But not all oblique viewing systems offer the best inspection solution. Some only provide views from certain angles or rotational positions. Furthermore, for an increasing number of applications, the oblique views provided by tilting and rotating the sample fail to produce the required magnification because the sample automatically tilts away from the focal spot when using this system setup for off-axis inspections. To enable oblique views at highest magnifications, manufacturers need a close-to-focus oblique inspection. As the name suggests, this involves positioning the sample as close as possible to the focal spot while still allowing oblique views.
In addition, many systems require highly skilled operators to keep the region of interest in the machine's field of view during complex inspection routines that require movement of the sample, the detector or both.
AIM advantageThese physical and practical considerations provided the impetus for Auto Isocentric Motion (AIM) technology. An AIM-equipped oblique-viewing system allows for close-to-focus inspection and provides sharp, intricate sample views from any angle or rotational position. In an AIM-driven system, the X-ray detector can be moved in various directions while the sample stays flat and close to the focal spot. For this purpose, the detector is mounted on a special curved guide that allows tilt up to 60 degrees off-axis. This guide sits atop a rotational pivot that permits a full 360-degree rotation. The detector can stop at any point on the resulting "dome of motion," while maintaining a constant distance from the X-ray source.
X-rays are emitted from the focal spot in a conical pattern. Positioned in the center of the dome of inspection, the detector gathers X-rays from the center of the cone. By moving the detector away from the dome center, the operator shifts the viewing line, allowing the device to gather X-rays from the outside edges of the cone. A precondition for this convenient procedure is the use of an open microfocus tube of the transmission target type, which provides a total cone angle of 170 degrees and a minimum focus-to-object distance of 0.25 millimeter.
With every move of the detector, AIM automatically keeps the area to be X-rayed, or region of interest, within the system's field of view. The keys to AIM's automatic adjustments are precise manipulator technology and sophisticated algorithms that compute the manipulator movements, keeping the region of interest in the viewing line.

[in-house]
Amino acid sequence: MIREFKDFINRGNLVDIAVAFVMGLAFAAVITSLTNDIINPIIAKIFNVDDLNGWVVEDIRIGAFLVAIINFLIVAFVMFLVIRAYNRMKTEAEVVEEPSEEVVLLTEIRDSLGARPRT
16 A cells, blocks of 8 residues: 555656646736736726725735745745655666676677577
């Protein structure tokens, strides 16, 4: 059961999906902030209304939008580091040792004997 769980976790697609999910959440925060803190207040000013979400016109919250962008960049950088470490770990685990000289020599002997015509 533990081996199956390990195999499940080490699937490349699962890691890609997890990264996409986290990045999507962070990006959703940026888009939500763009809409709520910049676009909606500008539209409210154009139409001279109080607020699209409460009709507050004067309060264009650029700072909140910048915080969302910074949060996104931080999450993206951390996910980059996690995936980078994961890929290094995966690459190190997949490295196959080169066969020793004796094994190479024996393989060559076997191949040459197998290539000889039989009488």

Another important aspect of an AIM-driven oblique-viewing system is the system's ability to perform complex manipulations without the risk of sample damage. Because of sophisticated anticollision protection, operators can focus on the images produced by the system with no worries about sample position or collisions. Unlike other software-driven anticollision features that require the operator to enter anticollision specs into the program, the integrated anticollision protection is 100% automatic. An optical camera image snapshot of the loaded sample tray scene serves as a map for quick positioning of the manipulator.
To help operators with this task, an AIM-driven system offers a variety of image manipulation and processing tools. These include: Click and Center, which brings the area of interest into center view; Frame and Zoom, which magnifies the area of interest until it fills the screen; Tilt and Rotate, which uses onscreen virtual joysticks to re-position the detector while keeping the region of interest in view; and Tilt and Circle, which allows real-time rotating views of the region of interest at any magnification and at any angle. All operations can be performed with a mouse click.